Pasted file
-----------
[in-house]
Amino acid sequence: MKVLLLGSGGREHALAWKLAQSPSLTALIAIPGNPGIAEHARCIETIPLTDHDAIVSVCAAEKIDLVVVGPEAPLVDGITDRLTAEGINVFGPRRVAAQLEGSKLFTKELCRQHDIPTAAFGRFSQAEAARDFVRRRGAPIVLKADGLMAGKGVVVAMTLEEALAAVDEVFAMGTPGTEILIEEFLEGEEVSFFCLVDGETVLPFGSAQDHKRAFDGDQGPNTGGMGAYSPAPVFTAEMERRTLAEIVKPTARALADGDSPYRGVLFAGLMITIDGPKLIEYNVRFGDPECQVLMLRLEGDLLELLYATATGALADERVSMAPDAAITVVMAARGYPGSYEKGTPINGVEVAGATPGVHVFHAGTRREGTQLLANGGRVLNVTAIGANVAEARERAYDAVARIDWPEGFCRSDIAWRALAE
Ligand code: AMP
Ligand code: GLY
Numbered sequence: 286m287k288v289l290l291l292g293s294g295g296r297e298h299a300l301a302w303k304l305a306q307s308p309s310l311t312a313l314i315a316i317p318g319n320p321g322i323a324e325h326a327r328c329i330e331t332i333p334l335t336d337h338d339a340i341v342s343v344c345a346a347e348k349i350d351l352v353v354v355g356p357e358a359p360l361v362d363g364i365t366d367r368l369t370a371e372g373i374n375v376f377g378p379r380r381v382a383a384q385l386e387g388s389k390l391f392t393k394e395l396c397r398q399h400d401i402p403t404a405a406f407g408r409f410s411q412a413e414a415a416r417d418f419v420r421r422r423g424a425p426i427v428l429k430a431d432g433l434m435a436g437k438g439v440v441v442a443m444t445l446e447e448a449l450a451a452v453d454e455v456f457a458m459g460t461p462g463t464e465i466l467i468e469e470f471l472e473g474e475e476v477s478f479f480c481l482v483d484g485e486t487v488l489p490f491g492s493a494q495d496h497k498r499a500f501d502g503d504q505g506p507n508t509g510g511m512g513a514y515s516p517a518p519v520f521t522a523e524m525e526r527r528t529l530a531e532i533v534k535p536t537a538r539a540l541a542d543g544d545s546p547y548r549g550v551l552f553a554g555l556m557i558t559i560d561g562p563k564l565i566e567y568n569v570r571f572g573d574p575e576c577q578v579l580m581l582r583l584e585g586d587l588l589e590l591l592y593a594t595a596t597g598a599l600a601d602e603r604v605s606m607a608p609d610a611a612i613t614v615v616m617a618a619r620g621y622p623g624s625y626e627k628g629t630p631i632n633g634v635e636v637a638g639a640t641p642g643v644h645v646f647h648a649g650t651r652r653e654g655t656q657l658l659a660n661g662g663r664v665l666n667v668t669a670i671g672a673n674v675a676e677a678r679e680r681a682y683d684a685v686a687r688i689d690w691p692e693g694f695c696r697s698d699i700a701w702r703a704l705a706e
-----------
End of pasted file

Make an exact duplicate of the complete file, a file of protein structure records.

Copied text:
[in-house]
Amino acid sequence: MKVLLLGSGGREHALAWKLAQSPSLTALIAIPGNPGIAEHARCIETIPLTDHDAIVSVCAAEKIDLVVVGPEAPLVDGITDRLTAEGINVFGPRRVAAQLEGSKLFTKELCRQHDIPTAAFGRFSQAEAARDFVRRRGAPIVLKADGLMAGKGVVVAMTLEEALAAVDEVFAMGTPGTEILIEEFLEGEEVSFFCLVDGETVLPFGSAQDHKRAFDGDQGPNTGGMGAYSPAPVFTAEMERRTLAEIVKPTARALADGDSPYRGVLFAGLMITIDGPKLIEYNVRFGDPECQVLMLRLEGDLLELLYATATGALADERVSMAPDAAITVVMAARGYPGSYEKGTPINGVEVAGATPGVHVFHAGTRREGTQLLANGGRVLNVTAIGANVAEARERAYDAVARIDWPEGFCRSDIAWRALAE
Ligand code: AMP
Ligand code: GLY
Numbered sequence: 286m287k288v289l290l291l292g293s294g295g296r297e298h299a300l301a302w303k304l305a306q307s308p309s310l311t312a313l314i315a316i317p318g319n320p321g322i323a324e325h326a327r328c329i330e331t332i333p334l335t336d337h338d339a340i341v342s343v344c345a346a347e348k349i350d351l352v353v354v355g356p357e358a359p360l361v362d363g364i365t366d367r368l369t370a371e372g373i374n375v376f377g378p379r380r381v382a383a384q385l386e387g388s389k390l391f392t393k394e395l396c397r398q399h400d401i402p403t404a405a406f407g408r409f410s411q412a413e414a415a416r417d418f419v420r421r422r423g424a425p426i427v428l429k430a431d432g433l434m435a436g437k438g439v440v441v442a443m444t445l446e447e448a449l450a451a452v453d454e455v456f457a458m459g460t461p462g463t464e465i466l467i468e469e470f471l472e473g474e475e476v477s478f479f480c481l482v483d484g485e486t487v488l489p490f491g492s493a494q495d496h497k498r499a500f501d502g503d504q505g506p507n508t509g510g511m512g513a514y515s516p517a518p519v520f521t522a523e524m525e526r527r528t529l530a531e532i533v534k535p536t537a538r539a540l541a542d543g544d545s546p547y548r549g550v551l552f553a554g555l556m557i558t559i560d561g562p563k564l565i566e567y568n569v570r571f572g573d574p575e576c577q578v579l580m581l582r583l584e585g586d587l588l589e590l591l592y593a594t595a596t597g598a599l600a601d602e603r604v605s606m607a608p609d610a611a612i613t614v615v616m617a618a619r620g621y622p623g624s625y626e627k628g629t630p631i632n633g634v635e636v637a638g639a640t641p642g643v644h645v646f647h648a649g650t651r652r653e654g655t656q657l658l659a660n661g662g663r664v665l666n667v668t669a670i671g672a673n674v675a676e677a678r679e680r681a682y683d684a685v686a687r688i689d690w691p692e693g694f695c696r697s698d699i700a701w702r703a704l705a706e